That in itself returns more than $100 million a year to the Corsa's profit equation.
The plant has more than tripled its number of robots with the new Corsa model, from 300 to more than 1,000. Robots feed steel blanks into stamping presses. They handle the car's framing with cameras monitoring the alignment. They install fuel systems and hoses. They install seats, which pass from the supplier's factory into the Corsa without being touched by humans.
At other places on the line, engineers discovered the line simply moved too fast to be automated. That prompted Opel to divide the work into two production lines. By splitting the work, the plant could allow up to 80 seconds between cars, instead of the 40 seconds that prohibited a slow-moving robot from doing its job.
The final goal was not to build more Corsas but to improve quality. Consumer complaints about rattles from the previous Corsa's rear bumper caused designers to stop bolting the bumper on - a job that might vary from car to car in the factory. Now the bumper is snapped into place using clips that require no bolt tightening.
'Opel's reputation has suffered in recent years,' Michel says. 'We want to be as successful as before. The quality level at startup had to be very good.'
WHAT CUSTOMERS WANT
Opel also is changing content on the Corsa. Since 1997, the Corsa has lost more than 2 points of market share in Germany. Across Western Europe, it has dropped 2.6 points in the past three years.
Part of its sales decline in recent years has gone to competitors with diesel engines, especially in diesel-heavy markets such as Italy and Germany. Opel admits that diesel capacity has held back sales in Europe. The new Corsa is expected to run at about 20 percent diesel initially but increase to as much as one-third of all sales as more diesel engine production comes on line.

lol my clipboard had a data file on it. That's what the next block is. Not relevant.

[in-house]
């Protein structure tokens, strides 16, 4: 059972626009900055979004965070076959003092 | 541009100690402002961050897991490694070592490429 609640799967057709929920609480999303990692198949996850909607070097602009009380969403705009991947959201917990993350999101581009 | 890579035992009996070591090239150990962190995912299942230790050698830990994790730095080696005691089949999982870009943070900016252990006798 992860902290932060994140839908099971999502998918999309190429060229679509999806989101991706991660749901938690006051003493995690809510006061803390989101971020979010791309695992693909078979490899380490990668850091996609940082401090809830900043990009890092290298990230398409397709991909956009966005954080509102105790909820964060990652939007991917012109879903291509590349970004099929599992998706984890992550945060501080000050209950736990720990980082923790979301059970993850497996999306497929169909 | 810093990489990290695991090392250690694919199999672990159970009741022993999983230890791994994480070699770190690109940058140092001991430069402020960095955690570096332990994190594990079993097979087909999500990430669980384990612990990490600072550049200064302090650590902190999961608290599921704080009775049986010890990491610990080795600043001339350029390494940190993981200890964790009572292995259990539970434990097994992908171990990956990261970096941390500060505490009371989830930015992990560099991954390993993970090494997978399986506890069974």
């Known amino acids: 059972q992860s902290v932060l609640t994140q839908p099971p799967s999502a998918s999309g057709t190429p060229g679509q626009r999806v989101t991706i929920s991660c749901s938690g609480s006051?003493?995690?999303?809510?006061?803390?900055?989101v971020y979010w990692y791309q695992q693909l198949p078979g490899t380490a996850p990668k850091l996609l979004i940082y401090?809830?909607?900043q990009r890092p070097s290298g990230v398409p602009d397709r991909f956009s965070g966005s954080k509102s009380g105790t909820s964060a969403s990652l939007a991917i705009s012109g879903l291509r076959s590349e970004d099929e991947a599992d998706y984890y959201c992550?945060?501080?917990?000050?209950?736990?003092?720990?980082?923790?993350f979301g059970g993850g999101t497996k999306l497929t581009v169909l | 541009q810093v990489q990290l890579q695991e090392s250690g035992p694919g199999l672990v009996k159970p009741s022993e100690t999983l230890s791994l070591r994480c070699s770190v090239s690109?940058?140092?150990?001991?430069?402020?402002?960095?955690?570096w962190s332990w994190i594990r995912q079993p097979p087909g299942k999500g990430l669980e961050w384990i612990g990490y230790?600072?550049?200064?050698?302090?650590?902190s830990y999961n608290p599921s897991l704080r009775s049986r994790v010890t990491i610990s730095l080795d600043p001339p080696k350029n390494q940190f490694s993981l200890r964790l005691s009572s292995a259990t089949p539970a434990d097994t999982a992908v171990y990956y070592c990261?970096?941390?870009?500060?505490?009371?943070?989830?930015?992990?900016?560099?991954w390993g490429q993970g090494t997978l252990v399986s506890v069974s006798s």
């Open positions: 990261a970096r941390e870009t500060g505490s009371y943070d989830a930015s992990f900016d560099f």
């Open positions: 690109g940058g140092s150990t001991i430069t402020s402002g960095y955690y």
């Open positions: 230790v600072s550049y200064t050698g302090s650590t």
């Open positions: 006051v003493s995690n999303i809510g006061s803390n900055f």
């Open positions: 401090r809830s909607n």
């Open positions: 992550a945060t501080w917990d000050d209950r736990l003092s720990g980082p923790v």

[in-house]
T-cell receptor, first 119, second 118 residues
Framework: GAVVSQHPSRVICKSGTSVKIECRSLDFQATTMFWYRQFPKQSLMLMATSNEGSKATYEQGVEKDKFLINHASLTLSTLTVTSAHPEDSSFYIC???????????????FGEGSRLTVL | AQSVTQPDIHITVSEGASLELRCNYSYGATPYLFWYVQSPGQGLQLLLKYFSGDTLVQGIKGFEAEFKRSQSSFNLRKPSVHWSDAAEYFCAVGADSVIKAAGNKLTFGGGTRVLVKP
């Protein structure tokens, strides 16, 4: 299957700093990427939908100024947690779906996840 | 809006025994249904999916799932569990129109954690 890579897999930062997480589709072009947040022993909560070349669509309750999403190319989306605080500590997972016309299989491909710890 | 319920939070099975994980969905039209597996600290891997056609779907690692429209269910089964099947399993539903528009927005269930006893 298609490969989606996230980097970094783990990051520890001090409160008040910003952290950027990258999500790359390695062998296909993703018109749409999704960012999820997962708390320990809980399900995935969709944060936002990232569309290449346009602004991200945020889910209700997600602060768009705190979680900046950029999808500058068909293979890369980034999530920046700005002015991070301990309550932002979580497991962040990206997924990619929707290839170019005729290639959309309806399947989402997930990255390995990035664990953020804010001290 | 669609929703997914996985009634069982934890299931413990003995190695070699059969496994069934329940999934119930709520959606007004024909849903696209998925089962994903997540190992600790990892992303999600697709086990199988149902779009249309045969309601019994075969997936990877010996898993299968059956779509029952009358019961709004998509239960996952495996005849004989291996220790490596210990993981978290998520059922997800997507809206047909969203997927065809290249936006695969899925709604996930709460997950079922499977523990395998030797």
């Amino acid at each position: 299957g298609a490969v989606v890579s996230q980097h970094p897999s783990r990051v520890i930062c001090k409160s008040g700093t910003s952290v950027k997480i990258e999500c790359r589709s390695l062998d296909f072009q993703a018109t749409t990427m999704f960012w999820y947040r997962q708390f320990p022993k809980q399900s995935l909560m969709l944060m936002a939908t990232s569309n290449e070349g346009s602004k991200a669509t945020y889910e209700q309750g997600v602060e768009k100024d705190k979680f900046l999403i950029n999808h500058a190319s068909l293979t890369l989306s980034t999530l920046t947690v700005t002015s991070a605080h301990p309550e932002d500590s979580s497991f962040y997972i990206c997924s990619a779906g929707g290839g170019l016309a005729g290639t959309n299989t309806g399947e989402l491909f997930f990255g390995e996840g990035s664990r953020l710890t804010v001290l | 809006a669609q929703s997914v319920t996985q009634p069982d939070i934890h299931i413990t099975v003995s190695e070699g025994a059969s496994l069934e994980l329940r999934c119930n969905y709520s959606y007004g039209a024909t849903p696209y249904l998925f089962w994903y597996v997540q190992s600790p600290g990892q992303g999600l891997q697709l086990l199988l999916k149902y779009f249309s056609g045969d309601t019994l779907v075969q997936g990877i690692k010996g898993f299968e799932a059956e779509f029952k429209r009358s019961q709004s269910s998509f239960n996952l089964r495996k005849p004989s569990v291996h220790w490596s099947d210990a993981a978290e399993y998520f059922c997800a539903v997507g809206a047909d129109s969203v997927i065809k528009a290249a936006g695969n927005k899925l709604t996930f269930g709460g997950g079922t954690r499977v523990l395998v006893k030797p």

Air conditioning also is on the rise. Last year, about 30 percent of Corsas had air conditioning. The new generation is forecast for 50 percent.
The car's new design was shaped by a desire to appear less feminine. Opel feared that the image might be holding the car back in southern European markets, where men typically make purchase decisions. Designers pushed out the wheels and deleted some of the car's surface contours.
As another sign of the tough competition in the segment, Opel has added more high-tech content to the car. The new Corsa contains standard electric power steering for the first time. It also is introducing an Easytronic transmission on the car - which could help separate the car from the crowded class. By using the automatically shifted manual technology instead of a bona fide automatic transmission, Corsa will give buyers the flavor of an automatic for half the cost without surrendering fuel economy.
But where additional production would come from is not clear. Zaragosa can build as many as 450,000 units at maximum capacity. But the plant also is responsible for serving export markets with the Corsa. A second Corsa plant, in Eisenach, Germany, also is producing to its capacity of about 80,000 cars a year. A third plant, in Azambuja, Portugal, can produce only about 10,000 a year.